Another national media opinion: ‘Hot-button’ Blackburn beats ‘pragmatist’ Bredesen?

Stuart Rothenberg, editor of the national political newsletter Inside Elections, expresses doubt in a Roll Call article about Democrat Phil Bredesen’s prospects for defeating Republican Marsha Blackburn in Tennessee’s U.S. Senate race despite polls showing the former governor with an edge in the race so far. An excerpt:

“He was a very good mayor, a very good governor, a very good business person,” (outgoing Sen. Bob) Corker, a former mayor of Chattanooga, said recently. But that reputation may not be enough to elect the Democrat in November.

There is a huge difference between running in a state or local contest and running in a federal race. State and local offices are less about ideology and more about leadership, pragmatism and management skills.

Federal campaigns and elections are much more about “hot-button” issues that divide the parties and the country. That’s why Kansas voters could elect Democrat Kathleen Sebelius as governor in 2002 and 2006 but have not elected a Democrat to the Senate since 1932.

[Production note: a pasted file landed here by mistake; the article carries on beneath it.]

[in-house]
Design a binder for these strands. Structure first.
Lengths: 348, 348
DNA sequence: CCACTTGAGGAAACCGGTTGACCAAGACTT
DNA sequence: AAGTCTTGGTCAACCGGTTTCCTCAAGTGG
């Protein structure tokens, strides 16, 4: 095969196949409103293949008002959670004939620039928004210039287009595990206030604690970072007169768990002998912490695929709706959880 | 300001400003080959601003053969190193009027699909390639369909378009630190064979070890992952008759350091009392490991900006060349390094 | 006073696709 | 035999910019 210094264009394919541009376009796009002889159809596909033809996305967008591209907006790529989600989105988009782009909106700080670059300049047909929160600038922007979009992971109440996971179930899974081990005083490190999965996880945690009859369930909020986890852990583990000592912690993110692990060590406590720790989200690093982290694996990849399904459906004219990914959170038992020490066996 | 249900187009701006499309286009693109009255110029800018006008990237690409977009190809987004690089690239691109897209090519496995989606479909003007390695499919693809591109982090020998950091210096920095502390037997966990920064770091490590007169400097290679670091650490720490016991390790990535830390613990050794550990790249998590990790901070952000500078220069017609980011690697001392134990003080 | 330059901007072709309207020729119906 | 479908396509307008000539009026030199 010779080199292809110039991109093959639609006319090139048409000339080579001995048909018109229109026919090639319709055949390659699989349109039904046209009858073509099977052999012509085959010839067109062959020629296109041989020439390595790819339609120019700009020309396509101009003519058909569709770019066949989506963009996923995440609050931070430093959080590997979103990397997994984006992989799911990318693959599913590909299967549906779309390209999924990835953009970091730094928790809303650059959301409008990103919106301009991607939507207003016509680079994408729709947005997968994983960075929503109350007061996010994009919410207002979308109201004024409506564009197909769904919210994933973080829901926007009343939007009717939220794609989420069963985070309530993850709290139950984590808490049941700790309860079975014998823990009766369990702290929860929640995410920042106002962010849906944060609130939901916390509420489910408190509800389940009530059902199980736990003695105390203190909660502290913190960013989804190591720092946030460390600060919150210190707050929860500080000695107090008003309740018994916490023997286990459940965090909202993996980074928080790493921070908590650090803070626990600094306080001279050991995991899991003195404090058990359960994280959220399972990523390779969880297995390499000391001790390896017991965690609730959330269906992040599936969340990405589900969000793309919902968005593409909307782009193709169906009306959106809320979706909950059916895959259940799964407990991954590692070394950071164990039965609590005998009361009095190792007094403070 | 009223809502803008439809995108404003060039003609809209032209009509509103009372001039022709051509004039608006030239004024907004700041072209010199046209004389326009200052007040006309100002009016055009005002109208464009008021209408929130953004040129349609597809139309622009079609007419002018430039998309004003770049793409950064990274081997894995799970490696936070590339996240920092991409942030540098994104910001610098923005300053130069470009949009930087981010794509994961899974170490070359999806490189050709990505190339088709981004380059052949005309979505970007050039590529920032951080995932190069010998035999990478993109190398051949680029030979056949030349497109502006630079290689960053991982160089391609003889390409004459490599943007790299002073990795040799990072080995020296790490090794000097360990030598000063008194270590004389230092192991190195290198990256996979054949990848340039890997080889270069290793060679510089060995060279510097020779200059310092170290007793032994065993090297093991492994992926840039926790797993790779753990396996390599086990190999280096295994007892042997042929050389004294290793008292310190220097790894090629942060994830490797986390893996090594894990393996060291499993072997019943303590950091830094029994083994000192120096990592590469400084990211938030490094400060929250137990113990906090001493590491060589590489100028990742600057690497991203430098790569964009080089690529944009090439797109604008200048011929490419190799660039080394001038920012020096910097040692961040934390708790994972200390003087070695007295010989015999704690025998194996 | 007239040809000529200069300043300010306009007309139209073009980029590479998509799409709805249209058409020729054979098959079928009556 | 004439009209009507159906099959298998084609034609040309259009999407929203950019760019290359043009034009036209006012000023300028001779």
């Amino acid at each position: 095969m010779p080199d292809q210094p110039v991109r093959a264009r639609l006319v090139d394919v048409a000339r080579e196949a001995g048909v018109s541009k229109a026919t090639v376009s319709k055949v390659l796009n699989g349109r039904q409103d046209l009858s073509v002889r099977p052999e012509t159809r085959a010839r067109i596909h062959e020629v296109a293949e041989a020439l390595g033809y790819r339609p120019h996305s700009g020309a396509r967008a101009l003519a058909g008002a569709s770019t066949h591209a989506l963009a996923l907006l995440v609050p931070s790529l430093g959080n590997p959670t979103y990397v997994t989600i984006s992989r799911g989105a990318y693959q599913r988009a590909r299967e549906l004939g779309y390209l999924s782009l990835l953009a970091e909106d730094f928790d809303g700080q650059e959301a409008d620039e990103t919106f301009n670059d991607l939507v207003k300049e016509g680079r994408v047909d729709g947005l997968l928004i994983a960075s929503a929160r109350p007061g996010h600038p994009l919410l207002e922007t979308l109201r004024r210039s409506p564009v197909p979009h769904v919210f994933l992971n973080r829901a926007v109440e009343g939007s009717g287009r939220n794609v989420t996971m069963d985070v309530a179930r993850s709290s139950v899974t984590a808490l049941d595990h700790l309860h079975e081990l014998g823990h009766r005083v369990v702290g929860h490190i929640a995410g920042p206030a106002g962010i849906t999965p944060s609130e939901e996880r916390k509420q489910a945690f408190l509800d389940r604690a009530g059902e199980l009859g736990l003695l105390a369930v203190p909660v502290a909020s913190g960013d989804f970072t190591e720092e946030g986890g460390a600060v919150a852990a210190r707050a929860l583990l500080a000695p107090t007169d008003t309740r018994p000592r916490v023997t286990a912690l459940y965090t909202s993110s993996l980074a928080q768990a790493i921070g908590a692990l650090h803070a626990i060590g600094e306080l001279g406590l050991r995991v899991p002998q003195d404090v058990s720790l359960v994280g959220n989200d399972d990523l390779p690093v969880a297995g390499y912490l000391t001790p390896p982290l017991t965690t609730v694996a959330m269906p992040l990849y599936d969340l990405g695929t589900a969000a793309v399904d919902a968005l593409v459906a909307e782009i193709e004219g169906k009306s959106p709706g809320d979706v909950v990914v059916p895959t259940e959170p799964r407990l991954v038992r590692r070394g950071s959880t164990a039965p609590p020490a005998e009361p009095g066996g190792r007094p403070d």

… (I)n Washington, D.C., Democrats and Republicans have very different ideas about taxes, government, entitlements, abortion rights, gay marriage, gun ownership, immigration and — at least traditionally — government spending. Party allegiance is much more important when voters decide who to send to Capitol Hill.

Bredesen was never seen as a liberal, partisan Democrat, and his early poll numbers suggest that Tennessee voters still regard him as a moderate and pragmatist.

But Republican operatives will unload on the former governor during the next six months, portraying him as a tool of Democratic Senate leader Charles E. Schumer, House leader Nancy Pelosi and every liberal Democrat they can stuff into a television commercial.

Indeed, shortly after Corker offered his complimentary comments about Bredesen, a Blackburn spokesperson responded that “Phil Bredesen will be a solid vote for Chuck Schumer and Obama, Clinton-era liberal policies, and Tennesseans are not interested in that.”

Can Bredesen respond to those charges effectively, or will Republicans succeed in painting him as just another liberal Democrat who will vote with Massachusetts Sen. Elizabeth Warren and Vermont Sen. Bernie Sanders?

Unless Bredesen can convince voters that he will be independent, the state’s Republicans and conservatives will return to their default position, which means supporting the GOP nominee.

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